Grand Larseny

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Faith Outside Ourselves

Faith is nonexistent if you don’t act like you have it, but how do you act when your faith is in your own inaction?

The circles I travel in are tangentially related to theology, and this pleases me. I really do have a love for theology, and every time I get to talk about God with folk I end up feeling better. So, when the name of a book kept coming up again and again and again I thought, ok God, I’ll pick it up. The book is Bonhoeffer: Pastor, Martyr, Prophet, Spy by Eric Metaxas. He also gave the speech at this year’s congressional prayer breakfast. Guy’s quickly becoming a big muckity-muck.

So I’ve made it through the introduction. Yeah, super speed-reader over here and just as quick to judge. One thing it’s brought to my mind, though, is the importance of the faith that saves us from our sin. The introduction lays out Christian responses to the gospel in a continuum ranging from cheap grace to costly grace to legalism. I’ll explain.

Cheap grace is the belief that God will always happily cover all our sins so there’s no need to change anything about how we live. In a sense, sin is free. Costly grace believes that Jesus paid a very heavy toll for our sins, so we owe it to him to live our lives worthy of him. Well, I’m not 100% sure that’s what costly grace is, but that’s how it is in my head right now. Then legalism is legalism. We earn our salvation by being right before God. This is stupid.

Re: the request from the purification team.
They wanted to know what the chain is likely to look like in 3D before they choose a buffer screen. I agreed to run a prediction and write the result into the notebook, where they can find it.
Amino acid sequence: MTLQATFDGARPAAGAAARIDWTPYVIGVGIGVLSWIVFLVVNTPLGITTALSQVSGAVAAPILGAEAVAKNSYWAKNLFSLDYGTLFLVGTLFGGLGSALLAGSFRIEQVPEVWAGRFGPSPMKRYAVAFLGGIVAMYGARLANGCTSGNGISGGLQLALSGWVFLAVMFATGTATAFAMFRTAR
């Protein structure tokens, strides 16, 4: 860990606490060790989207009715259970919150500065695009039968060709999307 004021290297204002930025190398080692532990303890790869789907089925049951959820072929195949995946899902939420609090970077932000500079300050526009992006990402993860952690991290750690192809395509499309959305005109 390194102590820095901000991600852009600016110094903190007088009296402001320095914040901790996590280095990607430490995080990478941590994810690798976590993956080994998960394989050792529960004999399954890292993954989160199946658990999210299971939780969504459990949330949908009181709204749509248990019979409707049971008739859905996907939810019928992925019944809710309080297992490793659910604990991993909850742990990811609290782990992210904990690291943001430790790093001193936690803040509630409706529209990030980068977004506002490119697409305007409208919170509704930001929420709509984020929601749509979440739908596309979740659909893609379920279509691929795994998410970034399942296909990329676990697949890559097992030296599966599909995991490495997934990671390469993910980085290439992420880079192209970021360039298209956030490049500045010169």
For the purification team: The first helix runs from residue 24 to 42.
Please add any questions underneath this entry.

Costly grace as a concept confuses me. What does it mean that costly grace necessitates life change? How does costly grace work without having to perform the faith that saves us? And if we have to prove our faith how is there any hope for anyone?

Example: If I have faith in electricity and local government and my home maintenance I have no second thoughts about flipping on the light switch to turn the light on. If, however, I try to hit the lightbulb with a broom or consult with expert electricians how to make light appear or even worry each time before I turn the switch on I demonstrate that I do not, in fact, have faith in the light switch to do its function. Moving then to the faith that saves us from our sins, how can we demonstrate our faith when the very thing we have faith in is our own inaction (our total depravity deprives us of any opportunity for action) and instead in the Christ’s actions. How can that be acted?

I do hope the book will have its own answer, but since I’m coming at the book with my own agenda it probably won’t be answered. It’s really not fair to the book, but still I can’t help but be a bit frustrated.

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